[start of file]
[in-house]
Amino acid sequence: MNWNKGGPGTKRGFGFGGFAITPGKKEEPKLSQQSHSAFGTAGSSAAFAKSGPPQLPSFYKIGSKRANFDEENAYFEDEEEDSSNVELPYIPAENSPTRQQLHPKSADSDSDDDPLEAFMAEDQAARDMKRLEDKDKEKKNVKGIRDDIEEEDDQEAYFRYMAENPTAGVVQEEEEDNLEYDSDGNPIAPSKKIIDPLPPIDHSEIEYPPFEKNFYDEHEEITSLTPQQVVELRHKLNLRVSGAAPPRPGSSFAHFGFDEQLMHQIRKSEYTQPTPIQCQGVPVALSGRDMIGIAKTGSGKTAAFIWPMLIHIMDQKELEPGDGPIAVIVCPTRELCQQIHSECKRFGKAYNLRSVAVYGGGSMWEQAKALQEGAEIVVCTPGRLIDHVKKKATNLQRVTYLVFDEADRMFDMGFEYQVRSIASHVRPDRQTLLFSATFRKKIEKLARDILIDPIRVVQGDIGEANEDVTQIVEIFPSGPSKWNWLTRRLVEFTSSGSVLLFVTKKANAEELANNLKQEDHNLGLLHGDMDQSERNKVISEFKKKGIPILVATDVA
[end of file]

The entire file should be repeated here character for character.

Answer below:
[in-house]
Amino acid sequence: MNWNKGGPGTKRGFGFGGFAITPGKKEEPKLSQQSHSAFGTAGSSAAFAKSGPPQLPSFYKIGSKRANFDEENAYFEDEEEDSSNVELPYIPAENSPTRQQLHPKSADSDSDDDPLEAFMAEDQAARDMKRLEDKDKEKKNVKGIRDDIEEEDDQEAYFRYMAENPTAGVVQEEEEDNLEYDSDGNPIAPSKKIIDPLPPIDHSEIEYPPFEKNFYDEHEEITSLTPQQVVELRHKLNLRVSGAAPPRPGSSFAHFGFDEQLMHQIRKSEYTQPTPIQCQGVPVALSGRDMIGIAKTGSGKTAAFIWPMLIHIMDQKELEPGDGPIAVIVCPTRELCQQIHSECKRFGKAYNLRSVAVYGGGSMWEQAKALQEGAEIVVCTPGRLIDHVKKKATNLQRVTYLVFDEADRMFDMGFEYQVRSIASHVRPDRQTLLFSATFRKKIEKLARDILIDPIRVVQGDIGEANEDVTQIVEIFPSGPSKWNWLTRRLVEFTSSGSVLLFVTKKANAEELANNLKQEDHNLGLLHGDMDQSERNKVISEFKKKGIPILVATDVA